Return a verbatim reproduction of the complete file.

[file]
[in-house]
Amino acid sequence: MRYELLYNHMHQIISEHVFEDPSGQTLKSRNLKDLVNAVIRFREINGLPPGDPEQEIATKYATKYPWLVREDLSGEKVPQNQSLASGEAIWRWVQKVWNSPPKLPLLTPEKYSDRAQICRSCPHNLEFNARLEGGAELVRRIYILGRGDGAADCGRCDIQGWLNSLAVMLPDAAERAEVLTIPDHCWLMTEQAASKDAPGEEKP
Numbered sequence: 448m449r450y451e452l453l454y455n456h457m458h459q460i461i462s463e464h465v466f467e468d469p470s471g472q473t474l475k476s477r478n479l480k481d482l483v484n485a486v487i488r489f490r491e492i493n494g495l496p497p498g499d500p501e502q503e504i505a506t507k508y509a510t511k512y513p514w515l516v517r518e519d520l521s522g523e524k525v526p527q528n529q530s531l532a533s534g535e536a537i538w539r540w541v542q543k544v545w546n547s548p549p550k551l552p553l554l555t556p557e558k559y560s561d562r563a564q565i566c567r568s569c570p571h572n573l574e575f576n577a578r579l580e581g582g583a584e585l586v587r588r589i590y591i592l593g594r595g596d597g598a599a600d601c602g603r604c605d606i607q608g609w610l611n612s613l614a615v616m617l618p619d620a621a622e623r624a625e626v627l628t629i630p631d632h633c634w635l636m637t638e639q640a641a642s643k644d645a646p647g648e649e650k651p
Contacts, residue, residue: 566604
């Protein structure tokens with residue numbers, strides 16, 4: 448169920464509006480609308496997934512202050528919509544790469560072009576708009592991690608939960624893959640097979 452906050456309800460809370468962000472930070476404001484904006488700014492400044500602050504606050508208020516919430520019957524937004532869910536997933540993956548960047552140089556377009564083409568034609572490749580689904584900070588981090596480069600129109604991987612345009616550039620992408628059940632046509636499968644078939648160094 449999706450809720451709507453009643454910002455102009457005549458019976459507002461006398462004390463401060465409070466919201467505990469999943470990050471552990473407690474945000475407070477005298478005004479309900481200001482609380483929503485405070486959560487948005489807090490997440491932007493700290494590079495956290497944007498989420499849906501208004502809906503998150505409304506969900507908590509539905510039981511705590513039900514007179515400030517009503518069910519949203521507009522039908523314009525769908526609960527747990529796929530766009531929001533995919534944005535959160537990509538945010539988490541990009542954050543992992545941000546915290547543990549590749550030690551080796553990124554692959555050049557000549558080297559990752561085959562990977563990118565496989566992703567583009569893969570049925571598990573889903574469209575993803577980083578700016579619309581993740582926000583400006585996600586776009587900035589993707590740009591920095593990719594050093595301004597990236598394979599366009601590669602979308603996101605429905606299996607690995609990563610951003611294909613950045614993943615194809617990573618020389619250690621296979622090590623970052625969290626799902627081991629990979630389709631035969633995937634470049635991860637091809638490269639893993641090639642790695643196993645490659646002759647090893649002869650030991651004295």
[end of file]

[in-house]
Amino acid sequence: MRYELLYNHMHQIISEHVFEDPSGQTLKSRNLKDLVNAVIRFREINGLPPGDPEQEIATKYATKYPWLVREDLSGEKVPQNQSLASGEAIWRWVQKVWNSPPKLPLLTPEKYSDRAQICRSCPHNLEFNARLEGGAELVRRIYILGRGDGAADCGRCDIQGWLNSLAVMLPDAAERAEVLTIPDHCWLMTEQAASKDAPGEEKP
Numbered sequence: 448m449r450y451e452l453l454y455n456h457m458h459q460i461i462s463e464h465v466f467e468d469p470s471g472q473t474l475k476s477r478n479l480k481d482l483v484n485a486v487i488r489f490r491e492i493n494g495l496p497p498g499d500p501e502q503e504i505a506t507k508y509a510t511k512y513p514w515l516v517r518e519d520l521s522g523e524k525v526p527q528n529q530s531l532a533s534g535e536a537i538w539r540w541v542q543k544v545w546n547s548p549p550k551l552p553l554l555t556p557e558k559y560s561d562r563a564q565i566c567r568s569c570p571h572n573l574e575f576n577a578r579l580e581g582g583a584e585l586v587r588r589i590y591i592l593g594r595g596d597g598a599a600d601c602g603r604c605d606i607q608g609w610l611n612s613l614a615v616m617l618p619d620a621a622e623r624a625e626v627l628t629i630p631d632h633c634w635l636m637t638e639q640a641a642s643k644d645a646p647g648e649e650k651p
Contacts, residue, residue: 566604
């Protein structure tokens with residue numbers, strides 16, 4: 448169920464509006480609308496997934512202050528919509544790469560072009576708009592991690608939960624893959640097979 452906050456309800460809370468962000472930070476404001484904006488700014492400044500602050504606050508208020516919430520019957524937004532869910536997933540993956548960047552140089556377009564083409568034609572490749580689904584900070588981090596480069600129109604991987612345009616550039620992408628059940632046509636499968644078939648160094 449999706450809720451709507453009643454910002455102009457005549458019976459507002461006398462004390463401060465409070466919201467505990469999943470990050471552990473407690474945000475407070477005298478005004479309900481200001482609380483929503485405070486959560487948005489807090490997440491932007493700290494590079495956290497944007498989420499849906501208004502809906503998150505409304506969900507908590509539905510039981511705590513039900514007179515400030517009503518069910519949203521507009522039908523314009525769908526609960527747990529796929530766009531929001533995919534944005535959160537990509538945010539988490541990009542954050543992992545941000546915290547543990549590749550030690551080796553990124554692959555050049557000549558080297559990752561085959562990977563990118565496989566992703567583009569893969570049925571598990573889903574469209575993803577980083578700016579619309581993740582926000583400006585996600586776009587900035589993707590740009591920095593990719594050093595301004597990236598394979599366009601590669602979308603996101605429905606299996607690995609990563610951003611294909613950045614993943615194809617990573618020389619250690621296979622090590623970052625969290626799902627081991629990979630389709631035969633995937634470049635991860637091809638490269639893993641090639642790695643196993645490659646002759647090893649002869650030991651004295």